For those living in older houses or houses that have been refurbished without removing all the fittings, you might come across black iron pipe. For a long time, it was considered a top-tier option for gas lines and would even be used in water lines. It features a black exterior as per the name.
Since it’s not very common in the modern age, many people who stumble onto it are curious whether welding black iron pipe is possible. This question makes sense as most black iron pipes are designed a little like PVC pipe where they’re threaded at the ends to ensure they fit together easily. As such, if you look at the fittings in your house that incorporate this material, it’s hard to see any welded components.
Nonetheless, you can find out the composition, how to weld it, including the tools needed, and the risks of it all in the sections below.
Despite the naming, it may surprise you to find out that black iron pipe is actually steel rather than iron. Difference Between Trusted Source Difference Between Iron and Steel | Difference Between There are many differences between iron and steel. Primarily, iron is an element while steel is an alloy comprising of iron and carbon. www.differencebetween.net asserts that the latter is an element in the periodic table while the former is an alloy made from mixing iron with carbon.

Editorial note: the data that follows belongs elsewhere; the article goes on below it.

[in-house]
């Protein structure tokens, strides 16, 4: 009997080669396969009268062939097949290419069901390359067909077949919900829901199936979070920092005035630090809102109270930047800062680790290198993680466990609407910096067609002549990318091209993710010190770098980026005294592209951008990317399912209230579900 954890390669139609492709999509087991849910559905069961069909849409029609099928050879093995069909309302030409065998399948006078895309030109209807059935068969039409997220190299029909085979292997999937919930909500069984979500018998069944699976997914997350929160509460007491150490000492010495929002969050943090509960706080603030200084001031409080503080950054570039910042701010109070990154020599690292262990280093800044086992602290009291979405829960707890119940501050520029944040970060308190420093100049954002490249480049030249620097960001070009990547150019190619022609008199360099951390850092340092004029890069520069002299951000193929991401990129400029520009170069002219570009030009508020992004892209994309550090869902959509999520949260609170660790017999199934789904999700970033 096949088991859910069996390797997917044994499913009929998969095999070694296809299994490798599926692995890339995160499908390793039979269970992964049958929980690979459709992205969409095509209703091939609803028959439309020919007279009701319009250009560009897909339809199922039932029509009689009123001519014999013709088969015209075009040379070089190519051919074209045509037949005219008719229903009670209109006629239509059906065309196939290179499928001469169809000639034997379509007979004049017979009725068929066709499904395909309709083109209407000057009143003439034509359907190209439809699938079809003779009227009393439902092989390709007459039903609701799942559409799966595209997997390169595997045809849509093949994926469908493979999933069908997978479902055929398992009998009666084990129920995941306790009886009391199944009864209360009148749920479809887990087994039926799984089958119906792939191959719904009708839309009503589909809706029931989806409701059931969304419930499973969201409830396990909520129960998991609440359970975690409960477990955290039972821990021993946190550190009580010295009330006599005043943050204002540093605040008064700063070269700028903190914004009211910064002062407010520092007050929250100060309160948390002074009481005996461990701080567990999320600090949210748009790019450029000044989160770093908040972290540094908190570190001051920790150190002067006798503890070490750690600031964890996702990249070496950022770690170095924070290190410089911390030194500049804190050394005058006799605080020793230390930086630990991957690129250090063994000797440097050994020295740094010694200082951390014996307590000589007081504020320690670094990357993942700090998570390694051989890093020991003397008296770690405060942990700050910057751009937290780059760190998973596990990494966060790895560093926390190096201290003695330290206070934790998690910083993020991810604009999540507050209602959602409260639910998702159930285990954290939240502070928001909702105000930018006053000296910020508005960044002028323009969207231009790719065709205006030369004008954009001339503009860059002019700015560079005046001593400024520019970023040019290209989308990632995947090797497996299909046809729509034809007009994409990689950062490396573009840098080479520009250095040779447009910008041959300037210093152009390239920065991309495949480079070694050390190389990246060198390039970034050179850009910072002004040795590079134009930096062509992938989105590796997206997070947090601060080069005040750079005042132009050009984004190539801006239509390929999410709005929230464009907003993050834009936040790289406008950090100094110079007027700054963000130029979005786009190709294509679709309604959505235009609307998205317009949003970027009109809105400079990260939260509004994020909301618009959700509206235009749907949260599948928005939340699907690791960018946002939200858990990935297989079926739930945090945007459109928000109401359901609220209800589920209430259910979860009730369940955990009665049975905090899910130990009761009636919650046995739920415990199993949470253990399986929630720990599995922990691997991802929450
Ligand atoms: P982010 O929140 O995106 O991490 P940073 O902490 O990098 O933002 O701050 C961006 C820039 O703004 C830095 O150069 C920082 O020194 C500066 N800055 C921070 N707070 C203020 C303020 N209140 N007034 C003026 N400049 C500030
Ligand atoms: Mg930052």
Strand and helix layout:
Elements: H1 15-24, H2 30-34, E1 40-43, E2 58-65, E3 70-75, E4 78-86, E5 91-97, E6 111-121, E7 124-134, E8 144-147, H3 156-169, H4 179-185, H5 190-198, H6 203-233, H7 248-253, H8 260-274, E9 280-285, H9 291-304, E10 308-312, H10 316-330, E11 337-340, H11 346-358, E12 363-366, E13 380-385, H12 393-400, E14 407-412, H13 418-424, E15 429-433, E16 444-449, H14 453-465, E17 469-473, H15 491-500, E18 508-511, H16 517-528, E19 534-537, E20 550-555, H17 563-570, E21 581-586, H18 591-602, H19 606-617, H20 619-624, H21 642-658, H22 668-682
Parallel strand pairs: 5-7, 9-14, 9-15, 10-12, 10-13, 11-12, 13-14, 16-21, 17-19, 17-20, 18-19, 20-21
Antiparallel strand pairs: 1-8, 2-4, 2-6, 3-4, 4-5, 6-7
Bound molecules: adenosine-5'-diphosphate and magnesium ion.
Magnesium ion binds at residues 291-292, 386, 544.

The dark color on the outside of the metal isn’t painted onto it. Instead, it’s a result of iron-oxide forming on the outside of the steel during manufacturing. Nevertheless, the color is dark enough to warrant the name black iron pipe.
Galvanized pipes also consist mainly of steel. As such, you may be wondering what makes it so different from black pipe and why they’re priced differently. Additionally, galvanized pipes seem to be more common in today’s world compared to black iron pipes both in shops and in construction projects.
It all comes down to the coating on the metal. As we mentioned above, the coating on the outside of black iron pipe is iron-oxide. Most galvanized pipes also have a coating that forms when the steel is dipped into hot zinc. This makes galvanized pipes more durable, although they come at a higher price point as well.